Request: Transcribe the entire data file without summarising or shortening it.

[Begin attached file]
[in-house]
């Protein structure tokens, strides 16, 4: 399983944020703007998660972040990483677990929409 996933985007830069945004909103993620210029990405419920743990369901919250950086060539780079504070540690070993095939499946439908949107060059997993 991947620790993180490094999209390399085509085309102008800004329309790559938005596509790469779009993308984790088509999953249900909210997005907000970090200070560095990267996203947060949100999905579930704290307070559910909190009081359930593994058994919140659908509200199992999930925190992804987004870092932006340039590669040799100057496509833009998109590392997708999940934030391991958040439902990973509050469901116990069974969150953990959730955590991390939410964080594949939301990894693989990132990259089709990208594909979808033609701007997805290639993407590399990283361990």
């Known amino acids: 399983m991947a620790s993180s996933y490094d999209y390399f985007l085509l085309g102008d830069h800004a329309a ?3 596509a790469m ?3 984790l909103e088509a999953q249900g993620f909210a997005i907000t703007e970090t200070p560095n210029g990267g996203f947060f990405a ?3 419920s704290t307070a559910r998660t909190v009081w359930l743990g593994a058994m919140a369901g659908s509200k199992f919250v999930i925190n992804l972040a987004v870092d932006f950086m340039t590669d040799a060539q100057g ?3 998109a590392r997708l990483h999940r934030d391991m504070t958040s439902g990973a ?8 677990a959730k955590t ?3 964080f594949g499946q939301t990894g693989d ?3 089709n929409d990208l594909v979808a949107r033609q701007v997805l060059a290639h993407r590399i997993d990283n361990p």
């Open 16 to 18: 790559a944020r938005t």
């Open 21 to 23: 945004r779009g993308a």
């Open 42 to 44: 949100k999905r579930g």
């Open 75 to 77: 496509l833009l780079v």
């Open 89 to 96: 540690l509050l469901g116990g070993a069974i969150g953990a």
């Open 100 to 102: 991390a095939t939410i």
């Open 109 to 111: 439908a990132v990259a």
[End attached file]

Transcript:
[in-house]
């Protein structure tokens, strides 16, 4: 399983944020703007998660972040990483677990929409 996933985007830069945004909103993620210029990405419920743990369901919250950086060539780079504070540690070993095939499946439908949107060059997993 991947620790993180490094999209390399085509085309102008800004329309790559938005596509790469779009993308984790088509999953249900909210997005907000970090200070560095990267996203947060949100999905579930704290307070559910909190009081359930593994058994919140659908509200199992999930925190992804987004870092932006340039590669040799100057496509833009998109590392997708999940934030391991958040439902990973509050469901116990069974969150953990959730955590991390939410964080594949939301990894693989990132990259089709990208594909979808033609701007997805290639993407590399990283361990």
């Known amino acids: 399983m991947a620790s993180s996933y490094d999209y390399f985007l085509l085309g102008d830069h800004a329309a ?3 596509a790469m ?3 984790l909103e088509a999953q249900g993620f909210a997005i907000t703007e970090t200070p560095n210029g990267g996203f947060f990405a ?3 419920s704290t307070a559910r998660t909190v009081w359930l743990g593994a058994m919140a369901g659908s509200k199992f919250v999930i925190n992804l972040a987004v870092d932006f950086m340039t590669d040799a060539q100057g ?3 998109a590392r997708l990483h999940r934030d391991m504070t958040s439902g990973a ?8 677990a959730k955590t ?3 964080f594949g499946q939301t990894g693989d ?3 089709n929409d990208l594909v979808a949107r033609q701007v997805l060059a290639h993407r590399i997993d990283n361990p």
């Open 16 to 18: 790559a944020r938005t």
């Open 21 to 23: 945004r779009g993308a």
């Open 42 to 44: 949100k999905r579930g």
């Open 75 to 77: 496509l833009l780079v």
């Open 89 to 96: 540690l509050l469901g116990g070993a069974i969150g953990a």
């Open 100 to 102: 991390a095939t939410i």
């Open 109 to 111: 439908a990132v990259a």